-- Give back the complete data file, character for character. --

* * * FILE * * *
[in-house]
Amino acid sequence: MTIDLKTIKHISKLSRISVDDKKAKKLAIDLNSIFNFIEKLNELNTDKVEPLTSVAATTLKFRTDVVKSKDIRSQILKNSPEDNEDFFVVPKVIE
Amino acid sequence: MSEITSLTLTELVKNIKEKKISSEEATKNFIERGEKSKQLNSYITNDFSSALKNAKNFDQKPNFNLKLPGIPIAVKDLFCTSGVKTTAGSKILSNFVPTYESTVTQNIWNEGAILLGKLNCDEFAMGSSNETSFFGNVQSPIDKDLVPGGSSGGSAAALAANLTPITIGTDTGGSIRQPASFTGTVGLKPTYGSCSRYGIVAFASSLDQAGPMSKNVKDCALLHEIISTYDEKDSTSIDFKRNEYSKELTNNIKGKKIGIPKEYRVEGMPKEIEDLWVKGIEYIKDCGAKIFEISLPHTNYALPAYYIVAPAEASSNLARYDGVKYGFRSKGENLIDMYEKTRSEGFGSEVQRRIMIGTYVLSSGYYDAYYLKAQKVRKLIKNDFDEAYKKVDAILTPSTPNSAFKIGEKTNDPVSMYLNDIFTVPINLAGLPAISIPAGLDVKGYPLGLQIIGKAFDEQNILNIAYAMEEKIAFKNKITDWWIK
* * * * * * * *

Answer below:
[in-house]
Amino acid sequence: MTIDLKTIKHISKLSRISVDDKKAKKLAIDLNSIFNFIEKLNELNTDKVEPLTSVAATTLKFRTDVVKSKDIRSQILKNSPEDNEDFFVVPKVIE
Amino acid sequence: MSEITSLTLTELVKNIKEKKISSEEATKNFIERGEKSKQLNSYITNDFSSALKNAKNFDQKPNFNLKLPGIPIAVKDLFCTSGVKTTAGSKILSNFVPTYESTVTQNIWNEGAILLGKLNCDEFAMGSSNETSFFGNVQSPIDKDLVPGGSSGGSAAALAANLTPITIGTDTGGSIRQPASFTGTVGLKPTYGSCSRYGIVAFASSLDQAGPMSKNVKDCALLHEIISTYDEKDSTSIDFKRNEYSKELTNNIKGKKIGIPKEYRVEGMPKEIEDLWVKGIEYIKDCGAKIFEISLPHTNYALPAYYIVAPAEASSNLARYDGVKYGFRSKGENLIDMYEKTRSEGFGSEVQRRIMIGTYVLSSGYYDAYYLKAQKVRKLIKNDFDEAYKKVDAILTPSTPNSAFKIGEKTNDPVSMYLNDIFTVPINLAGLPAISIPAGLDVKGYPLGLQIIGKAFDEQNILNIAYAMEEKIAFKNKITDWWIK